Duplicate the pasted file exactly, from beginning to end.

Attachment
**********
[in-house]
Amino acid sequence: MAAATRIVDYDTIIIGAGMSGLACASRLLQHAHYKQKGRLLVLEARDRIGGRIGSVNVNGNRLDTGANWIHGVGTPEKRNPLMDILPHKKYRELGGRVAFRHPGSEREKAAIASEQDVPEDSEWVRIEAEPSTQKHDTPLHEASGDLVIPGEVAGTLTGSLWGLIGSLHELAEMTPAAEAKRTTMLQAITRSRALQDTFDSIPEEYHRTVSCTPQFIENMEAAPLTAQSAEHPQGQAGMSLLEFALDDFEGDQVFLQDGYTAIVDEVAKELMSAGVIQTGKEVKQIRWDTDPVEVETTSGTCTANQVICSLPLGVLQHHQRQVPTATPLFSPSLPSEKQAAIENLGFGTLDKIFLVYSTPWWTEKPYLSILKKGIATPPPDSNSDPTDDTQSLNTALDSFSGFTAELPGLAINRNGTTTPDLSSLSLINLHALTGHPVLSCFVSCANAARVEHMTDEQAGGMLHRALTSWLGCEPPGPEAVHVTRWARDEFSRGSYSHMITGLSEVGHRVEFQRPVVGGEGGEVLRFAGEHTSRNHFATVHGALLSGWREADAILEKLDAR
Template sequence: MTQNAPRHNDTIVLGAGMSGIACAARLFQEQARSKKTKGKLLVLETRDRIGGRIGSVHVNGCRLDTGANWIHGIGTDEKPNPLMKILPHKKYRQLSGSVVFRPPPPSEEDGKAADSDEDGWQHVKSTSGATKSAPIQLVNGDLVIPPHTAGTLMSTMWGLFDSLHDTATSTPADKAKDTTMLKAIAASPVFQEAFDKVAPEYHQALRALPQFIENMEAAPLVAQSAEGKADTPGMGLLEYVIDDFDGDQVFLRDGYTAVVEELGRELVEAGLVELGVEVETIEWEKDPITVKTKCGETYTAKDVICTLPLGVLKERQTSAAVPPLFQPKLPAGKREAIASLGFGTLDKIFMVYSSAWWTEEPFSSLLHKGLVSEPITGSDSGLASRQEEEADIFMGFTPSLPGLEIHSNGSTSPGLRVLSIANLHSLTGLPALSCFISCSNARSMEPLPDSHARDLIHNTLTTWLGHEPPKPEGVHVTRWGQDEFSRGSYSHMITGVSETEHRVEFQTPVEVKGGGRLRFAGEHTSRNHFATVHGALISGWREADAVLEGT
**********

[in-house]
Amino acid sequence: MAAATRIVDYDTIIIGAGMSGLACASRLLQHAHYKQKGRLLVLEARDRIGGRIGSVNVNGNRLDTGANWIHGVGTPEKRNPLMDILPHKKYRELGGRVAFRHPGSEREKAAIASEQDVPEDSEWVRIEAEPSTQKHDTPLHEASGDLVIPGEVAGTLTGSLWGLIGSLHELAEMTPAAEAKRTTMLQAITRSRALQDTFDSIPEEYHRTVSCTPQFIENMEAAPLTAQSAEHPQGQAGMSLLEFALDDFEGDQVFLQDGYTAIVDEVAKELMSAGVIQTGKEVKQIRWDTDPVEVETTSGTCTANQVICSLPLGVLQHHQRQVPTATPLFSPSLPSEKQAAIENLGFGTLDKIFLVYSTPWWTEKPYLSILKKGIATPPPDSNSDPTDDTQSLNTALDSFSGFTAELPGLAINRNGTTTPDLSSLSLINLHALTGHPVLSCFVSCANAARVEHMTDEQAGGMLHRALTSWLGCEPPGPEAVHVTRWARDEFSRGSYSHMITGLSEVGHRVEFQRPVVGGEGGEVLRFAGEHTSRNHFATVHGALLSGWREADAILEKLDAR
Template sequence: MTQNAPRHNDTIVLGAGMSGIACAARLFQEQARSKKTKGKLLVLETRDRIGGRIGSVHVNGCRLDTGANWIHGIGTDEKPNPLMKILPHKKYRQLSGSVVFRPPPPSEEDGKAADSDEDGWQHVKSTSGATKSAPIQLVNGDLVIPPHTAGTLMSTMWGLFDSLHDTATSTPADKAKDTTMLKAIAASPVFQEAFDKVAPEYHQALRALPQFIENMEAAPLVAQSAEGKADTPGMGLLEYVIDDFDGDQVFLRDGYTAVVEELGRELVEAGLVELGVEVETIEWEKDPITVKTKCGETYTAKDVICTLPLGVLKERQTSAAVPPLFQPKLPAGKREAIASLGFGTLDKIFMVYSSAWWTEEPFSSLLHKGLVSEPITGSDSGLASRQEEEADIFMGFTPSLPGLEIHSNGSTSPGLRVLSIANLHSLTGLPALSCFISCSNARSMEPLPDSHARDLIHNTLTTWLGHEPPKPEGVHVTRWGQDEFSRGSYSHMITGVSETEHRVEFQTPVEVKGGGRLRFAGEHTSRNHFATVHGALISGWREADAVLEGT